With structure-based query, if only element and attribute values need to be queried, the only data that needs to be stored in the data store is the node ID vs. node value mapping. The structural query processing can be performed on the client side, and the output node IDs passed to obtain the output values. Thus the context of the data stored is again hidden.
A structural query is represented by three parts:
The following structural queries refer to the tree of
1. Operation: Find the structure ID of a fragment.
3. Operation: Find the first N nodes of a fragment.
4. Operation: Find the nodes of the ith sibling of a fragment.
5. Operation: Find the ith child node of a node.
6. Operation: Find the leaf nodes of the tree.
7. Operation: Find the leaf nodes of a fragment.
8. Operation: Find the root nodes of a given fragment specified by its structure ID.
9. Operation: To find the ancestors of a node.
10. Operation: To find the descendants of a node.
In addition the node type (element name, element value or attribute node) of a node of XML data can be determined. This feature can add filtering based on node types.
Structure-based updates are similar to structure-based queries. In structure-based updates, new values which need to be updated are passed along with the query inputs. The output node IDs obtained during the query processing stage locates the nodes to be updated with the new values. The new values are updated in the name and value maps.
Structure based identification of XML documents using structure ID can be employed in the classification of XML documents. XML documents can be classified based on their structures and structural ranges. They may be stored in databases from which they can be queried based on their structures. XML documents can be further
filtered based on their structures. This is useful when XML documents of a particular structure ID are sought, and any other XML document of a different structure ID are to be rejected. XML documents whose content cannot be determined can also be identified using structure base identification. This technique can be used in applications where the content of the XML files cannot be determined but the XML documents can be distinguished based on their structures, such as when the XML tags and values of an XML document are encrypted.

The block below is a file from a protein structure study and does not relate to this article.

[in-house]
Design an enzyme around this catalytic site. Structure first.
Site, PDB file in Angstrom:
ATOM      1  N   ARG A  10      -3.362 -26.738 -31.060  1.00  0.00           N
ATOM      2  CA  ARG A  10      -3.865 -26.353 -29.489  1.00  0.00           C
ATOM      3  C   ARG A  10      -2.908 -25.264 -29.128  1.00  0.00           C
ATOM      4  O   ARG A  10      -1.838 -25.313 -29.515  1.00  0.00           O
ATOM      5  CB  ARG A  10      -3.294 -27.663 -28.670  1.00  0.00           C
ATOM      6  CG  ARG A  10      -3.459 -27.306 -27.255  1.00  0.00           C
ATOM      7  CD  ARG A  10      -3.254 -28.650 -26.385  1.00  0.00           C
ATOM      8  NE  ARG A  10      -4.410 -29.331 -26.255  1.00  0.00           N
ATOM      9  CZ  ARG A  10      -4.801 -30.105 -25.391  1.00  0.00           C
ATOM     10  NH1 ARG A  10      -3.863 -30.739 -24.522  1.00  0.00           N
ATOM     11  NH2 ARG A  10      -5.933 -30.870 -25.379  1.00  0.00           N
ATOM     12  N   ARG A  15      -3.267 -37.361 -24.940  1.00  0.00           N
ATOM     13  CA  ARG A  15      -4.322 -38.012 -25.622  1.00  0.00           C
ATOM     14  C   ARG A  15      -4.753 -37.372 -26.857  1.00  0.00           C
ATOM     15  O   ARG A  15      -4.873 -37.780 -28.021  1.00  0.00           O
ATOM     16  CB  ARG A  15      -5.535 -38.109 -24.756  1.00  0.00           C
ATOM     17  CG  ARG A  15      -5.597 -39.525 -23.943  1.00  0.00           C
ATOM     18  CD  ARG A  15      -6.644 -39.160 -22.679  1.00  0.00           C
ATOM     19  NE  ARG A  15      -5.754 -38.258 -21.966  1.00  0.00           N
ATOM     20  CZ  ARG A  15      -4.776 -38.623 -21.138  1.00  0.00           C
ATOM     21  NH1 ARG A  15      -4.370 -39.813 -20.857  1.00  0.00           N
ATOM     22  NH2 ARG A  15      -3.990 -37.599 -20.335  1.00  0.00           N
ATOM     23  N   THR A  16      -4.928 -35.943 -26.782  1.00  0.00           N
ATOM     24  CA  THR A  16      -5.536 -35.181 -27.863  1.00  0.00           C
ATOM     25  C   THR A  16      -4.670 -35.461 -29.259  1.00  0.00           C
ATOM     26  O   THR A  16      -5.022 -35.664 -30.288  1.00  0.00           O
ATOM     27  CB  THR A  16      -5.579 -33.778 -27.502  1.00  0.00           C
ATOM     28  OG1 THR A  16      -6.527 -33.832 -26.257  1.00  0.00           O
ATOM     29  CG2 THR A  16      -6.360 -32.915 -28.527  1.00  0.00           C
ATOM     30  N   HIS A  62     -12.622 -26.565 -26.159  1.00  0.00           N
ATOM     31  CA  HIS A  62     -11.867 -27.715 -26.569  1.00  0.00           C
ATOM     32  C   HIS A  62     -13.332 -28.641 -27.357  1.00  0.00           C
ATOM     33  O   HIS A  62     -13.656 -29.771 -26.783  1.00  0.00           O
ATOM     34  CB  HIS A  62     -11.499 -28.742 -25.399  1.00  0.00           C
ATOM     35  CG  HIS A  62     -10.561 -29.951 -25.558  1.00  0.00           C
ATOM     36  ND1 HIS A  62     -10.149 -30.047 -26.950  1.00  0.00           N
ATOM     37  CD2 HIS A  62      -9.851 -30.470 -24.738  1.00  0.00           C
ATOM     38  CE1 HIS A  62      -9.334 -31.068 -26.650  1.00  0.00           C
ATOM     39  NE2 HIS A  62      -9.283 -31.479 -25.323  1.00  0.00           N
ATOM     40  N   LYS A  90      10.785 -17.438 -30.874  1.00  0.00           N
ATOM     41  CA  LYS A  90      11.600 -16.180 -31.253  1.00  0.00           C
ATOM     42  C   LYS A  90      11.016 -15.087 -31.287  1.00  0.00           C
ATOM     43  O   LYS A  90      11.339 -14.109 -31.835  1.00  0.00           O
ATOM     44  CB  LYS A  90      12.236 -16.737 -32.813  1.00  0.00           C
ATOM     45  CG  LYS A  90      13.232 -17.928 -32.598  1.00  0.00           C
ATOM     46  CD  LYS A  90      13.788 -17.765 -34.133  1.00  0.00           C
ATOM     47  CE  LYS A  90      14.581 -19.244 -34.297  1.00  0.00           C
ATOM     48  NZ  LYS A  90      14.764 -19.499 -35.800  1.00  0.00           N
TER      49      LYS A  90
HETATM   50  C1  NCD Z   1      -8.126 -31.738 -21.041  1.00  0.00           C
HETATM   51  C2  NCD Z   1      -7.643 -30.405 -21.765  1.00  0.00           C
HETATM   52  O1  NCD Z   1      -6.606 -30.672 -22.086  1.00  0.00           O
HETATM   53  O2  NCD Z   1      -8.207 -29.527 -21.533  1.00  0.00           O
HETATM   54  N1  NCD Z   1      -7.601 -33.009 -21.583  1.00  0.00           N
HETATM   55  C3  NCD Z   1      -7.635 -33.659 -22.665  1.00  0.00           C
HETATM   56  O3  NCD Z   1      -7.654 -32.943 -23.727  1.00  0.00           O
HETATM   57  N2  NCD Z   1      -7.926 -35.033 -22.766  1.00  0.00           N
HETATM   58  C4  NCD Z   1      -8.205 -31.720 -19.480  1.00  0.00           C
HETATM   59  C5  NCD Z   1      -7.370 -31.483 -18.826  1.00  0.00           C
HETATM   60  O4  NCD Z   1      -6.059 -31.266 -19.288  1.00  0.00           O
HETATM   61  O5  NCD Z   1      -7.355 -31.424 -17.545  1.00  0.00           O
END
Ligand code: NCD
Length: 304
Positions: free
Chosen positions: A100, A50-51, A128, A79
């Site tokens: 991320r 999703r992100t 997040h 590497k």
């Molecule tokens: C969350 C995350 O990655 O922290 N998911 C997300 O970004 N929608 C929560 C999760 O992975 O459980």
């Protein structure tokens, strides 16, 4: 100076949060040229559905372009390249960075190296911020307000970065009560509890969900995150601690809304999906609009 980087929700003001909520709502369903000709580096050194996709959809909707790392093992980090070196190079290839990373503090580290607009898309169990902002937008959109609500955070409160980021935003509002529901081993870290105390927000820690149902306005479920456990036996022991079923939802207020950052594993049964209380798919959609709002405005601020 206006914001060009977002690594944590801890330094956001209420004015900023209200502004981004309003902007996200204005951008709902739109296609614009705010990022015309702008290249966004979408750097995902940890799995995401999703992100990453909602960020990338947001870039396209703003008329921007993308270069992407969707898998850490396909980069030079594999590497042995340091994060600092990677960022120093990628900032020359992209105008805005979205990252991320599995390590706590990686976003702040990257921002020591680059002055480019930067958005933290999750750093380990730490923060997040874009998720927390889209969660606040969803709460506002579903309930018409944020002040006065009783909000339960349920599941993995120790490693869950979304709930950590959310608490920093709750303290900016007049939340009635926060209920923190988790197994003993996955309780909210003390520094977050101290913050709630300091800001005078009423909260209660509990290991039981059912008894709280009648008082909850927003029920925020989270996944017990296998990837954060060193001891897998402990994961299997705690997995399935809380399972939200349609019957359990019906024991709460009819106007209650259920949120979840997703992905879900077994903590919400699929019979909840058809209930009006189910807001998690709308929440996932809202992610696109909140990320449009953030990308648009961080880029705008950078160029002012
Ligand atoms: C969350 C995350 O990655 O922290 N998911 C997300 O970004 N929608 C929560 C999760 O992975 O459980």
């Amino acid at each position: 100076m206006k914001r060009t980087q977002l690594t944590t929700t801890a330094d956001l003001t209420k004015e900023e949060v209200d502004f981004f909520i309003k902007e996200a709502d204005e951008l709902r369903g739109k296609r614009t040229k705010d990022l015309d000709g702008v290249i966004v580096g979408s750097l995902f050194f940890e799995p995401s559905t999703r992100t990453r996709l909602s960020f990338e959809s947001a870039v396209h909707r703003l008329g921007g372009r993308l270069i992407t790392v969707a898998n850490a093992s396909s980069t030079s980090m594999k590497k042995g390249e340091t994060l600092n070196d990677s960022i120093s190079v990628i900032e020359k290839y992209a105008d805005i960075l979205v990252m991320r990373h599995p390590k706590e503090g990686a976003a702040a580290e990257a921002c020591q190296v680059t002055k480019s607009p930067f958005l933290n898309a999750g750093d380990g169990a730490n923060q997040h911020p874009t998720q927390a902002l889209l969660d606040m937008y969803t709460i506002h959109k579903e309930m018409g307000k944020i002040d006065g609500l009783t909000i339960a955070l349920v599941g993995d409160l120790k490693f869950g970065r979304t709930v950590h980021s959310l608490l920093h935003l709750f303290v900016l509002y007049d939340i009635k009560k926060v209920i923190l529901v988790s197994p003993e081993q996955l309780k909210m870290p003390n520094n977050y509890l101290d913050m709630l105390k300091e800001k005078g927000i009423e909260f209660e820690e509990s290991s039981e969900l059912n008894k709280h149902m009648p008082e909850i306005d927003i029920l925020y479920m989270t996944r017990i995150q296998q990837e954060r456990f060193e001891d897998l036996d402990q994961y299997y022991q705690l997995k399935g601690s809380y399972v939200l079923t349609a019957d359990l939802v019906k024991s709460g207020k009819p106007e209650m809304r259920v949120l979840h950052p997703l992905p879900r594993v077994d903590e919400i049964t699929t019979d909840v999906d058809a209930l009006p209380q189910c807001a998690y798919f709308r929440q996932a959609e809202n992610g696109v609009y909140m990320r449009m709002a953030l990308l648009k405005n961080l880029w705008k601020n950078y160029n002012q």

Structure-based filtering allows a concise representation of an XML document to be passed along a process, and relevant data filtered from this concise representation. The filtering provides node IDs as output. The actual data is queried from a data store after the filtering process. This mechanism addresses the 4th disadvantage (no concise representation of XML for filtering information) previously described in the background.
Structure-based filtering is described with reference to the arrangement of
The structural query inputs for this operation are:
Query Operation: Find the leaf nodes of a fragment.
The output type is a value.
The first query argument <Library> is the concise representation of the document which is passed to the filter along with the document name. The other inputs are pre-configured in the filter. The structural query returns the output node IDs 4 (id), 11 (Title) and 12 (Author). This structural query operation forms the filtering process. After this filtering process, the filter obtains the values associated with the output node IDs from the data store. The query inputs passed are the document name and output node Ids. The query outputs are the output values of the corresponding nodes (B001, Numerical Analysis and Fred Jones).
The same operations are performed by Filter2, which filters the “Journal” fragment.
Filtering is performed on a concise representation of the document (i.e. the structure ID) and not the actual document: Hence, the concise representation may be passed across a workflow/process instead of passing the actual document (which may be too large to pass across the network).
This results in a significant reduction in data transferred across the network. The filtering process is also sped up since the filtering does not require parsing on actual documents but instead performs computations on the structure ID and subsequent querying of output node values from the data store.
Structure base filtering and identification of XML documents can additionally be used in structural based coding of XML documents. Structural based coding can be used to differentiate between XML files having the same structures and similar content, by adding redundant tags to differentiate them structurally. For example, redundant tags added immediately after the root node, will have the same fragment ID for all XML documents. Thus different XML files can be differentiated by this combination of fragment root ID and fragment structure ID.
Special Cases and Determining Node Type from Structure ID
In some cases, two different XML documents may be represented by having the same tree structure. For example, the XML data:
The trees in
The structure ID in such conflicting cases is made unique by appending the special nodes for special cases to the structure ID of the corresponding general case. For example, the structure ID of
The node type of an XML tree can be determined from its structure ID in the following manner:
The foregoing describes only some embodiments of the present invention, and modifications and/or changes can be made thereto without departing from the scope and spirit of the invention, the embodiments being illustrative and not restrictive.